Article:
HBO to Adapt the Scathing Tale of the RIAA’s Massive Failure, APPETITE FOR SELF-DESTRUCTION

     November 3, 2009


I’m curious at what point the RIAA figured out it may have been approaching digital downloads from the wrong perspective.  Entrenched in an old business model with a paradigmatic shift bearing down on them like a freight train, the RIAA dug in its heels and tried to sue every American who may or may not have been near a computer that illegally downloaded music.  Instead of trying to find a new business model to capitalize on digital downloads, the RIAA found its money better used by trying to convince people it was smarter to treat all customers like criminals.

Such grand failures are the stuff of great drama and HBO Films will turn that drama into one of their movies by adaptating Steve Knopper’s “Appetite for Self-Destruction: The Spectacular Crash of the Record Industry in the Digital Age”.  Hit the jump for details and celebrate that you can download the latest Britney Spears album from the comfort of your home (or you know, whatever music; that’s just an example).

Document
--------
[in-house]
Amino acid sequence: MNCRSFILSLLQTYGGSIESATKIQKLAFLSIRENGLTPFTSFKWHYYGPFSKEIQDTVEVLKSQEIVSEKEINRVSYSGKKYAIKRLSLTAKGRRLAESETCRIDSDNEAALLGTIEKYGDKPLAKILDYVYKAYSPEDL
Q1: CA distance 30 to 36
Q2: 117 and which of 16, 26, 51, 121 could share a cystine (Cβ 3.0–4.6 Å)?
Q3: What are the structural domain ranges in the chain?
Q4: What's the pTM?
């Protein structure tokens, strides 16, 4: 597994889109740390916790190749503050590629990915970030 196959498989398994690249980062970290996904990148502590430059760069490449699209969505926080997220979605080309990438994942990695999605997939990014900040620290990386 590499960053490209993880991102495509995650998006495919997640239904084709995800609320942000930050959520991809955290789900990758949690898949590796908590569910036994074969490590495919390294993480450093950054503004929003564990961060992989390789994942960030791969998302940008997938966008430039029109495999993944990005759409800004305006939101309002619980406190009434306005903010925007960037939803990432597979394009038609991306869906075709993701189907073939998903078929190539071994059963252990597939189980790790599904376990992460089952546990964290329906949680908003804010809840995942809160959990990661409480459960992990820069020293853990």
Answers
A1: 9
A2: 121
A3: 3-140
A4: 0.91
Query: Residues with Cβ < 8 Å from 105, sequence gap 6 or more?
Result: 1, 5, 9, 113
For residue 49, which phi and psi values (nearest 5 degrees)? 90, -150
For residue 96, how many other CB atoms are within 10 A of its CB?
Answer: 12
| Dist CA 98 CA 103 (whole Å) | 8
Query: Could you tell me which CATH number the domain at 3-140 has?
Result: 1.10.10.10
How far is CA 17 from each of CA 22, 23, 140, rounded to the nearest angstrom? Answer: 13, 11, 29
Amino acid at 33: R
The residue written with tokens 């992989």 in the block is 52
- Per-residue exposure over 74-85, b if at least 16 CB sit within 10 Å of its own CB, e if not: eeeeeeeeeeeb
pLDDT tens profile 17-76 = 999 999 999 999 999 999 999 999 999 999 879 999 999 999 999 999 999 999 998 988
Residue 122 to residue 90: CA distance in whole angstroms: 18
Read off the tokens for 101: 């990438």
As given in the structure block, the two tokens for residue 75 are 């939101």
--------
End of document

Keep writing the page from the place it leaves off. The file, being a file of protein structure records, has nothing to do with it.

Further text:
Playwright Victoria Stewart will pen the adaptation of Knopper’s book.  According to THR, “Appetite for Self-Destruction” spans 30 years, beginning with the crash of the disco craze in the late 1970s, through the CD boom in the late 1980s and 1990s, the music industry’s battle with Napster and other free file-sharing online services in the 2000s and the sharp decline in sales of CDs, which have been replaced by digital downloads.

What’s bizarre about the whole RIAA mess is that people, for the most part, weren’t about trying to “stick it to the man”, infringe on copyrights, or were just too cheap to pay for music.  As we’ve seen from the success of iTunes and Amazon and other services, the problem was the limited selection of music in stores, over-priced CDs, and the speed at which you could have your music and have it all in one place.  The adaptation of “Appetite” could serve not only as a large “Ha-ha” directed at the RIAA but as a larger message about the inability to combat major technological innovations and finding a way to utilize them instead.


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